On a chilly Saturday evening, S Sundaresan, a resident of Delhi, stood eagerly with his family, waiting for Carnatic musician TM Krishna’s concert to begin. The concert was held in the city’s Garden of Five Senses in Saket. “I am here to protest against those who had a problem with Krishna performing in the city,” said Sundaresan, 60, who works as a chartered accountant. He was among hundreds of residents, journalists, activists and students who came to watch Krishna perform at the concert organised by the Delhi government. Sundaresan was also among those who found out about the concert after the controversy over it being initially “postponed”.

Krishna was earlier scheduled to perform on Saturday at an event organised by Society for Promotion of Indian Classical Music and Culture Amongst Youth (SPIC-MACAY) that was also sponsored by the Airports Authority of India. However, on November 14, the Airports Authority of India said that the event had been postponed due to “some exigencies at work”. The postponement came after trolls on the internet accused the airport authority of using public funds to invite an “anti-India” musician, a “converted bigot” and an “urban Naxal”, who sang about Jesus and Allah.

After this, the classical musician announced that he would be willing to perform anywhere in Delhi on the same date. On November 16, the Aam Aadmi Party-led Delhi government announced that Krishna would perform in the city as part of “Avam ki Awaz”, a series of concerts launched by the Arts and Culture Department in October 2017.

“How can they [the trolls on the internet] protest a cultural event? The AAI [Airports Authority of India] gave such a flimsy reason to cancel the event,” Sundaresan said.

TM Krishna performing in Delhi on Saturday.
TM Krishna performing in Delhi on Saturday.

‘Big statement’

Before the concert started, Chief Minister Arvind Kejriwal addressed the audience and said that their attendance in large numbers was a “big statement” and that the country’s diversity needed to be preserved. “This country belongs to everyone,” he said. “Whether you are Hindus, Muslims, Sikhs, Christians, Tamils, Malayalis, Gujaratis or Maharashtrians, this country is yours. There is no other country in the world other than India with as much diversity and we have to preserve it.”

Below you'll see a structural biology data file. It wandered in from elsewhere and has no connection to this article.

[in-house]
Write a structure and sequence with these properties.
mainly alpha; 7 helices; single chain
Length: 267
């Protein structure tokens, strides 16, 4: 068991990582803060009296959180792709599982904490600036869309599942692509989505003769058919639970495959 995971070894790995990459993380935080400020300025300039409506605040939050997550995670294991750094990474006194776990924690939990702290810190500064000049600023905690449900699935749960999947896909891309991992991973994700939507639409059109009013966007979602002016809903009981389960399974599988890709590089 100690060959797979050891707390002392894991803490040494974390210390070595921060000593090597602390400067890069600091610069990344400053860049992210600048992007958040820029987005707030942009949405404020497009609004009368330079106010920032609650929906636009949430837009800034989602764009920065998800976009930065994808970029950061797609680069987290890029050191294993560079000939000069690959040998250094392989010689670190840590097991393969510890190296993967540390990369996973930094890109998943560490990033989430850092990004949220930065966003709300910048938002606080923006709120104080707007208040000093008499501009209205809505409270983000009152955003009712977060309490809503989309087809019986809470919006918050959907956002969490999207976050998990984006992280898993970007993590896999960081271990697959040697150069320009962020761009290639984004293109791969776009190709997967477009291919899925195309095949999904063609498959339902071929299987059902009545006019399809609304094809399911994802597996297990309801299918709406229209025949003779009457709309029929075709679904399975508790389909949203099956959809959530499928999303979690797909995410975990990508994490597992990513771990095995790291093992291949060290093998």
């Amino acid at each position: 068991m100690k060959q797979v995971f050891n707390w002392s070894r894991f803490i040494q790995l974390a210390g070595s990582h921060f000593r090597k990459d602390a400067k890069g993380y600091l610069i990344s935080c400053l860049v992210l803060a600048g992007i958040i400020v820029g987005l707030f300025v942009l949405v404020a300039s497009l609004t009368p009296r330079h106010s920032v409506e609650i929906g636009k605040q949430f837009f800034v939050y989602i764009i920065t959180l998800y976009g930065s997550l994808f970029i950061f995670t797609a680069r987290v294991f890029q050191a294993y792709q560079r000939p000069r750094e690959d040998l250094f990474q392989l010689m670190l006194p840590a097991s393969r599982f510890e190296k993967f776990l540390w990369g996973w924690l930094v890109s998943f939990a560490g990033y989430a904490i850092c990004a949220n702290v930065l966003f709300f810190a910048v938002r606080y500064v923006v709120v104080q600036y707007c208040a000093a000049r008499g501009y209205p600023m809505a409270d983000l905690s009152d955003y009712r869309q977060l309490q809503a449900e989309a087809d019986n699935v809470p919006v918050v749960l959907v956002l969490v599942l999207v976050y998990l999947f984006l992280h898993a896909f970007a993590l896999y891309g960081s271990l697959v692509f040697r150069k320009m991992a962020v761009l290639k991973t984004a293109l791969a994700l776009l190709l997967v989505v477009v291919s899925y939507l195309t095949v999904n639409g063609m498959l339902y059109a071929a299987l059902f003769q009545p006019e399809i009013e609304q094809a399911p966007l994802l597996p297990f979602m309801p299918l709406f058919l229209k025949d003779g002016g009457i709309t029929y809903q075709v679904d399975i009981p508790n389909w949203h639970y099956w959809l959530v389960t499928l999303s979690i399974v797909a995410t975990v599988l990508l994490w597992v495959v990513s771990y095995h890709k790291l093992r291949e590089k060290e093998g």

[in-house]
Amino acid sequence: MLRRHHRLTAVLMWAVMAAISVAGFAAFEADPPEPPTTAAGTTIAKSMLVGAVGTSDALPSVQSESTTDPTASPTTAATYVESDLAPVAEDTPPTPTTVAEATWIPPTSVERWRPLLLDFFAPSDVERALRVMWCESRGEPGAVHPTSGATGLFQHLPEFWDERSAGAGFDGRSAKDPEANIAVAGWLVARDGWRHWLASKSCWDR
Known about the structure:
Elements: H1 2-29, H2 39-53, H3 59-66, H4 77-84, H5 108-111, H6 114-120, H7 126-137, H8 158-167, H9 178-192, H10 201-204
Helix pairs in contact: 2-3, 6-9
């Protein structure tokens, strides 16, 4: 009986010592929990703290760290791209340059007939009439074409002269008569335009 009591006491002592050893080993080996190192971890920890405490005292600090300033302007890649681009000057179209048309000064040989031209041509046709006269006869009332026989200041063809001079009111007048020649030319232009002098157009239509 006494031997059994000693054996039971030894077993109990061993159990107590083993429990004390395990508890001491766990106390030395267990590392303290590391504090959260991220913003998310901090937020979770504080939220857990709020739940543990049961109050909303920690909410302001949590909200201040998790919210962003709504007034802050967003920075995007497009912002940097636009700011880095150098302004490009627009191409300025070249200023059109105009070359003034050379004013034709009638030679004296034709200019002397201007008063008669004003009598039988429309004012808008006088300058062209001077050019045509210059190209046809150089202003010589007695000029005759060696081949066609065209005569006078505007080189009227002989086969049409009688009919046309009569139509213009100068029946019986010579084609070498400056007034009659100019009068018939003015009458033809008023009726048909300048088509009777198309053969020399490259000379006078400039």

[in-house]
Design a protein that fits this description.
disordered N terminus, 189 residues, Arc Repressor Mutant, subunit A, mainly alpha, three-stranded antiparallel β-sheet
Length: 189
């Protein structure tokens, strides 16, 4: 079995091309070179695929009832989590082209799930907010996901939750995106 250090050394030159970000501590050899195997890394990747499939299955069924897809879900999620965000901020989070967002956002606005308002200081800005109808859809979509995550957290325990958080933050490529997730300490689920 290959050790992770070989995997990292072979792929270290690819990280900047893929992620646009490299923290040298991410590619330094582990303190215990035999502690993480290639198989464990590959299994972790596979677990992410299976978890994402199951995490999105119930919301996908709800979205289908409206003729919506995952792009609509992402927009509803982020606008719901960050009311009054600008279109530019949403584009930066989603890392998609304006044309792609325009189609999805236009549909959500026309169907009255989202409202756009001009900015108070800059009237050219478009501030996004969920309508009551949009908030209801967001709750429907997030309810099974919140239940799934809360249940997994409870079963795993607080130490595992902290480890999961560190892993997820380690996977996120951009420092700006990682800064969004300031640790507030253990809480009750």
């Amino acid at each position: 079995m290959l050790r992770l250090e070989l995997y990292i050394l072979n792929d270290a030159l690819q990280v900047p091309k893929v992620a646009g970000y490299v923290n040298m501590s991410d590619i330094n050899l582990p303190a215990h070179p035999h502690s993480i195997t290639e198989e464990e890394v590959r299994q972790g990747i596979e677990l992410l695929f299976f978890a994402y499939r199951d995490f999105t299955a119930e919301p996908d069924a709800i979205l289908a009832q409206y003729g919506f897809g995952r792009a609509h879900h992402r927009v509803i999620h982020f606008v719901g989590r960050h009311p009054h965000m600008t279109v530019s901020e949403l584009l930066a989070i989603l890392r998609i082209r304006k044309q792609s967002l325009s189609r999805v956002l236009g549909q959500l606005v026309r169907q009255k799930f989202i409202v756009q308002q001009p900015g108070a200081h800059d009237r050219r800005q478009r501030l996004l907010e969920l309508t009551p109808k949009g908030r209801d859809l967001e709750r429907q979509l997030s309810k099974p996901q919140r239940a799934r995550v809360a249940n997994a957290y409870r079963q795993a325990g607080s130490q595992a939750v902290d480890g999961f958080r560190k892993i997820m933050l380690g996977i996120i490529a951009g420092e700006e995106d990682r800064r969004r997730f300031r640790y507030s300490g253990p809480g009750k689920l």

While addressing the audience, writer Sohail Hashmi said that the country also belonged to atheists who should not be left out. “One thing that has come out very clearly from Krishna’s music is the entire exercise to remove the music from the control of a handful of people,” Hashmi said.

Krishna started the concert with Shri Narayana tu, a hymn from MK Gandhi’s ashram songs and continued performing compositions by 19th-century saint and Carnatic music composer Thyagaraja, and 17th-century saint and poet Tukaram. At the event, which was also attended by activist Aruna Roy, Justice AP Shah, Editor of The Print, Shekhar Gupta, lawyer Indira Jaising and Communist Party of India (Marxist) leader Sitaram Yechury, an overwhelming number of residents were seen standing while the others were huddled together in their sweaters, shawls and masks as the night grew colder.

Standing amidst the crowd at the back, Sunisha Ahuja, a social worker, said that she found out about the event after she watched an interview with Krishna on television and decided to attend. “I was disappointed when I found out about the earlier event getting cancelled,” Ahuja, 52, said. “It just reflects on an immature government that gets offended about anything. You cannot get offended about a musician.”

Far from the crowd, sitting on the edge of a fence, Ankita Kumari, 21, is sceptical of the purpose of the event. “This is being used as a political agenda,” said Kumari, a student at Delhi University and an Odissi dancer. She questioned why the other artists in the earlier event did not get treated like Krishna. “For me as an artist, it doesn’t matter who is organising the event. Whether it is the Bharatiya Janata Party or Aam Aadmi Party, I will perform there.”

There were also others who attended the event without any prior knowledge of what transpired with the airport authority’s decision to postpone the earlier event. “I just found out three hours ago,” said Aruvi, 21, a student. “I am hearing TM Krishna for the first time and I really like his style. I didn’t know anything about the controversy earlier and I found out about the concert from a friend.”

For many residents who attended, the event was also an opportunity to watch Krishna perform for the first time. Anil and Vijay Lakshmi, also residents of Delhi, decided to attend after they read about the earlier event getting postponed in the newspaper and had heard of Krishna earlier but had never watched him perform live. “We don’t get such opportunities in Delhi very regularly,” said Anil.